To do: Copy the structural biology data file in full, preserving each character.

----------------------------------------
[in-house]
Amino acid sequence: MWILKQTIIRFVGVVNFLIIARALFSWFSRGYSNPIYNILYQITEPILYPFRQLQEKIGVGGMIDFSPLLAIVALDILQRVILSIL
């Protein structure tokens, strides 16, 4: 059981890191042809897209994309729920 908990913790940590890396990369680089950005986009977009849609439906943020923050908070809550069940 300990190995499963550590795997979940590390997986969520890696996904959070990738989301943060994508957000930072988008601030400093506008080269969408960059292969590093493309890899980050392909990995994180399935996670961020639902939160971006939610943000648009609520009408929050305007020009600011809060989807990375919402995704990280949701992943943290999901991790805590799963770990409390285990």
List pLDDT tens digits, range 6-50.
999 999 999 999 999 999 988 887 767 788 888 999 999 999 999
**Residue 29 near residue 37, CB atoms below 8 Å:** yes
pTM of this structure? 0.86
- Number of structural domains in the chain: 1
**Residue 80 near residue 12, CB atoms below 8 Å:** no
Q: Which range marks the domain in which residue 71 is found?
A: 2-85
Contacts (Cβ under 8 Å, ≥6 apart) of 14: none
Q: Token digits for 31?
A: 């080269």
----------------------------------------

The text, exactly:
[in-house]
Amino acid sequence: MWILKQTIIRFVGVVNFLIIARALFSWFSRGYSNPIYNILYQITEPILYPFRQLQEKIGVGGMIDFSPLLAIVALDILQRVILSIL
């Protein structure tokens, strides 16, 4: 059981890191042809897209994309729920 908990913790940590890396990369680089950005986009977009849609439906943020923050908070809550069940 300990190995499963550590795997979940590390997986969520890696996904959070990738989301943060994508957000930072988008601030400093506008080269969408960059292969590093493309890899980050392909990995994180399935996670961020639902939160971006939610943000648009609520009408929050305007020009600011809060989807990375919402995704990280949701992943943290999901991790805590799963770990409390285990």
List pLDDT tens digits, range 6-50.
999 999 999 999 999 999 988 887 767 788 888 999 999 999 999
**Residue 29 near residue 37, CB atoms below 8 Å:** yes
pTM of this structure? 0.86
- Number of structural domains in the chain: 1
**Residue 80 near residue 12, CB atoms below 8 Å:** no
Q: Which range marks the domain in which residue 71 is found?
A: 2-85
Contacts (Cβ under 8 Å, ≥6 apart) of 14: none
Q: Token digits for 31?
A: 């080269």